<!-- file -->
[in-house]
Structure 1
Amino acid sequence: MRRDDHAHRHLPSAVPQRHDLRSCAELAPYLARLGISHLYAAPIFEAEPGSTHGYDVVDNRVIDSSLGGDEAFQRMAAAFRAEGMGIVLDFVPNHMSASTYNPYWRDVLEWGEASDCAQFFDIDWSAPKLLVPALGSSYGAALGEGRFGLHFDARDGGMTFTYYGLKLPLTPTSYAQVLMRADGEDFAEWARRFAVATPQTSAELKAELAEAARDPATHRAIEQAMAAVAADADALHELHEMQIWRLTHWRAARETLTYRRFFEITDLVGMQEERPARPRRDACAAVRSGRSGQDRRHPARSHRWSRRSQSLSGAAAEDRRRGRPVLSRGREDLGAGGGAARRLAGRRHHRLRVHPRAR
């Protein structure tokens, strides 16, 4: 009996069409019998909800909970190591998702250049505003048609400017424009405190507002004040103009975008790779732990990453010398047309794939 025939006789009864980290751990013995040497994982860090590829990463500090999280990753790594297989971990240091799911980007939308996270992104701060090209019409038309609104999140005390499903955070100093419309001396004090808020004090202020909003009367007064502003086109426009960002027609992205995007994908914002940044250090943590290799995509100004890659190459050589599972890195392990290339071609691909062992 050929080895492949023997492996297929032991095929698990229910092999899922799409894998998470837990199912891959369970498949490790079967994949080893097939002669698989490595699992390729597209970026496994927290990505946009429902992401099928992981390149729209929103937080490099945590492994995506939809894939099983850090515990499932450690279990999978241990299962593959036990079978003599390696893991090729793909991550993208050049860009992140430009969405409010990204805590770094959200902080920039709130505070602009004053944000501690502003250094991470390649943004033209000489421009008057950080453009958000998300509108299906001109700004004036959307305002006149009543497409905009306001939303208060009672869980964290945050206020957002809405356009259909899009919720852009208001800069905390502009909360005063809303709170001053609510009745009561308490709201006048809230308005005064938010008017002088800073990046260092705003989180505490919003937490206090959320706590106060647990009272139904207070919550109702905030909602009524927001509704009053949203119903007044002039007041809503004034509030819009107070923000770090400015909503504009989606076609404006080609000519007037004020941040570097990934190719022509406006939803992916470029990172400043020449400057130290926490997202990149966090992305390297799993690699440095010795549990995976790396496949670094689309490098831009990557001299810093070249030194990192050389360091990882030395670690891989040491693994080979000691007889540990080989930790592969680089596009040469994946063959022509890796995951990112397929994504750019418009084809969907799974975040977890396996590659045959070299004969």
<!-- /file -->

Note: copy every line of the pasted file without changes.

[in-house]
Structure 1
Amino acid sequence: MRRDDHAHRHLPSAVPQRHDLRSCAELAPYLARLGISHLYAAPIFEAEPGSTHGYDVVDNRVIDSSLGGDEAFQRMAAAFRAEGMGIVLDFVPNHMSASTYNPYWRDVLEWGEASDCAQFFDIDWSAPKLLVPALGSSYGAALGEGRFGLHFDARDGGMTFTYYGLKLPLTPTSYAQVLMRADGEDFAEWARRFAVATPQTSAELKAELAEAARDPATHRAIEQAMAAVAADADALHELHEMQIWRLTHWRAARETLTYRRFFEITDLVGMQEERPARPRRDACAAVRSGRSGQDRRHPARSHRWSRRSQSLSGAAAEDRRRGRPVLSRGREDLGAGGGAARRLAGRRHHRLRVHPRAR
């Protein structure tokens, strides 16, 4: 009996069409019998909800909970190591998702250049505003048609400017424009405190507002004040103009975008790779732990990453010398047309794939 025939006789009864980290751990013995040497994982860090590829990463500090999280990753790594297989971990240091799911980007939308996270992104701060090209019409038309609104999140005390499903955070100093419309001396004090808020004090202020909003009367007064502003086109426009960002027609992205995007994908914002940044250090943590290799995509100004890659190459050589599972890195392990290339071609691909062992 050929080895492949023997492996297929032991095929698990229910092999899922799409894998998470837990199912891959369970498949490790079967994949080893097939002669698989490595699992390729597209970026496994927290990505946009429902992401099928992981390149729209929103937080490099945590492994995506939809894939099983850090515990499932450690279990999978241990299962593959036990079978003599390696893991090729793909991550993208050049860009992140430009969405409010990204805590770094959200902080920039709130505070602009004053944000501690502003250094991470390649943004033209000489421009008057950080453009958000998300509108299906001109700004004036959307305002006149009543497409905009306001939303208060009672869980964290945050206020957002809405356009259909899009919720852009208001800069905390502009909360005063809303709170001053609510009745009561308490709201006048809230308005005064938010008017002088800073990046260092705003989180505490919003937490206090959320706590106060647990009272139904207070919550109702905030909602009524927001509704009053949203119903007044002039007041809503004034509030819009107070923000770090400015909503504009989606076609404006080609000519007037004020941040570097990934190719022509406006939803992916470029990172400043020449400057130290926490997202990149966090992305390297799993690699440095010795549990995976790396496949670094689309490098831009990557001299810093070249030194990192050389360091990882030395670690891989040491693994080979000691007889540990080989930790592969680089596009040469994946063959022509890796995951990112397929994504750019418009084809969907799974975040977890396996590659045959070299004969």